As of late August, the Giants were the team with the most interest in Giancarlo Stanton, who is a logical trade candidate for a Marlins team that seems poised for another payroll cut. Stanton has clearly stated that he doesn’t want to be part of another Marlins rebuild, so his no-trade clause probably wouldn’t be an issue, especially since the California native is reportedly open to a move back to the west coast. It also stands to reason that the Giants would ask Miami about Christian Yelich and Marcell Ozuna, with Yelich perhaps being the best fit since he can play center field (even if the defensive metrics weren’t enamored with his glovework in 2017).
All three outfielders would come with big asking prices, and given the Giants’ thin farm system, other teams are better equipped to sway the Marlins with a package of prospects. Stanton may cost the least in terms of players and prospects if a suitor is willing to absorb a significant chunk of the ten years and $295MM remaining on the slugger’s contract (provided Stanton doesn’t opt out after the 2020 season).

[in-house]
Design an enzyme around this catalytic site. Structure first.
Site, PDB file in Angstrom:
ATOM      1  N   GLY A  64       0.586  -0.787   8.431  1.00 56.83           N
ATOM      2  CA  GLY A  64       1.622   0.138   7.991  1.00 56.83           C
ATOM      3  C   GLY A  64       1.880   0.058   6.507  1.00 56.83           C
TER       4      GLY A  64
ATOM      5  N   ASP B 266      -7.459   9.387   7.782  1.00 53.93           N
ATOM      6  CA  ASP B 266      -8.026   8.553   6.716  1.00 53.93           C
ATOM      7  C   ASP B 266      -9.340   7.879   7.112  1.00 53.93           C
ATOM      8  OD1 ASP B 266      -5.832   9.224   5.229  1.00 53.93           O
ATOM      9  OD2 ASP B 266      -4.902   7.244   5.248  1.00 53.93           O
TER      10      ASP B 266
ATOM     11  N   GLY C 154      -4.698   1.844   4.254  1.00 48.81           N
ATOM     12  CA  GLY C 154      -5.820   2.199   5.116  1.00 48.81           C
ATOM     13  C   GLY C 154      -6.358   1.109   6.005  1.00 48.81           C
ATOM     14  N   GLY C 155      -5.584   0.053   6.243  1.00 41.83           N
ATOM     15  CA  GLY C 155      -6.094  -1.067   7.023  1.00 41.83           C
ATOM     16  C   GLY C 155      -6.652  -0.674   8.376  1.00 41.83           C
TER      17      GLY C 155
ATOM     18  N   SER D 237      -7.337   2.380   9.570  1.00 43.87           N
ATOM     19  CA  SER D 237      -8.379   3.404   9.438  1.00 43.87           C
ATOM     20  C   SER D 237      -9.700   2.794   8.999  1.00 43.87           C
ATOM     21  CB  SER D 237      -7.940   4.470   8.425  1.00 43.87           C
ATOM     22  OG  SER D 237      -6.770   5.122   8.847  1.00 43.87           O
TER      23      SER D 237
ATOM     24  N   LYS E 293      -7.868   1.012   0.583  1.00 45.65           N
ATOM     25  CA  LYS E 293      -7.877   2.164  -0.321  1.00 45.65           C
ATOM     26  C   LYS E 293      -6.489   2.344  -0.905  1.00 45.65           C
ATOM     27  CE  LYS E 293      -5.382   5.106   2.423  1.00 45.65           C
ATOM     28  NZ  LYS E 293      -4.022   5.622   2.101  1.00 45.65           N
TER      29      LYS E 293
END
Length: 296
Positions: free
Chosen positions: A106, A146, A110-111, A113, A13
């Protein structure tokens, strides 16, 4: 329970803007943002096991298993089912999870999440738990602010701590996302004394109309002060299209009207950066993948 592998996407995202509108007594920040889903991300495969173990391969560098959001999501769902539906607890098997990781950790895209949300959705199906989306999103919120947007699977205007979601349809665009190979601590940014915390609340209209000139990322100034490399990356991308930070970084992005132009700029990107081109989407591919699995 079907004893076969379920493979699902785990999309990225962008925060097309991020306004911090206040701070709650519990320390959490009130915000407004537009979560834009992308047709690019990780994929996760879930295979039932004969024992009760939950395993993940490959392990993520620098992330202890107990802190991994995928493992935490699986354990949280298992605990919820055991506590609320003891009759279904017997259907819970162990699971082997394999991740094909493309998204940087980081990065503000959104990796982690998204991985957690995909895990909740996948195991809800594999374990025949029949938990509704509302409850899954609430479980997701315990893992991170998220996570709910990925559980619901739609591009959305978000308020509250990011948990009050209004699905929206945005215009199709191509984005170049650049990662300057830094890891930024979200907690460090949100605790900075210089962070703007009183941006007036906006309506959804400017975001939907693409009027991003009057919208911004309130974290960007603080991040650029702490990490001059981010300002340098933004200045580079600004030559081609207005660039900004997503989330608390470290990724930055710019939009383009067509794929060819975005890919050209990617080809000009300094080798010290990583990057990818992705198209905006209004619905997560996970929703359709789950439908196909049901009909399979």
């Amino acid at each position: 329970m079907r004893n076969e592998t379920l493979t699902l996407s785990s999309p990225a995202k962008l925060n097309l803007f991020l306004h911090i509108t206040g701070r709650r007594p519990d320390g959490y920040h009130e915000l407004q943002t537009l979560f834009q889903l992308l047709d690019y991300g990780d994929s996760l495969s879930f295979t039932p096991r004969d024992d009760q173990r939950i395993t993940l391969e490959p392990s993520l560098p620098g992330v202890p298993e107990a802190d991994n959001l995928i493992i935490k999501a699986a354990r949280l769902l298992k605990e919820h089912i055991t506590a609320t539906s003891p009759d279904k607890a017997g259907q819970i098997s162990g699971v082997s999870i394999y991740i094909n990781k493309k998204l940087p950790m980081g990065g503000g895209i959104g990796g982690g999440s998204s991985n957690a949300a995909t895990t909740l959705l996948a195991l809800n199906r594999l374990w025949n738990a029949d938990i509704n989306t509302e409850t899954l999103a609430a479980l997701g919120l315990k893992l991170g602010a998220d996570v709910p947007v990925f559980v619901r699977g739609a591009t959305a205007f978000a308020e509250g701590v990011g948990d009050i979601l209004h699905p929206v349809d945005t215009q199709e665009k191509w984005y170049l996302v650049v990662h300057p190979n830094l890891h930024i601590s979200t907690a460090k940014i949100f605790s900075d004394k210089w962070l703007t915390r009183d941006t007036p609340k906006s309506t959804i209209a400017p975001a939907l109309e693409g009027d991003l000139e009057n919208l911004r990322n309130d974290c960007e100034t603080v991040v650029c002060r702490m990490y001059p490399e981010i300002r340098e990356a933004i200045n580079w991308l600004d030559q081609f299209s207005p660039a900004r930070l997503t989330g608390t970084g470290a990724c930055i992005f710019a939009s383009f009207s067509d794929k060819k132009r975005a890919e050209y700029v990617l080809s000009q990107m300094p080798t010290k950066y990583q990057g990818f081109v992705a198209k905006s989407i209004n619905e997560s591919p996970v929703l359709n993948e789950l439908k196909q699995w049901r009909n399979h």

The lack of prospects won’t help the Giants in trade talks with the Marlins or other teams with outfielders for sale, and signing Cain or another expensive outfielder in free agency may also be tricky since the Giants have already made a number of long-term commitments. San Francisco has at least $100MM in payroll on the books through the 2020 season, and that isn’t counting the possibility of an extension with Bumgarner. Between guaranteed deals, projected arbitration payouts and the no-brainer pick-up of Bumgarner’s club option, the Giants have roughly $170MM committed to 16 players next year, putting them in danger of surpassing the $197MM luxury tax threshold.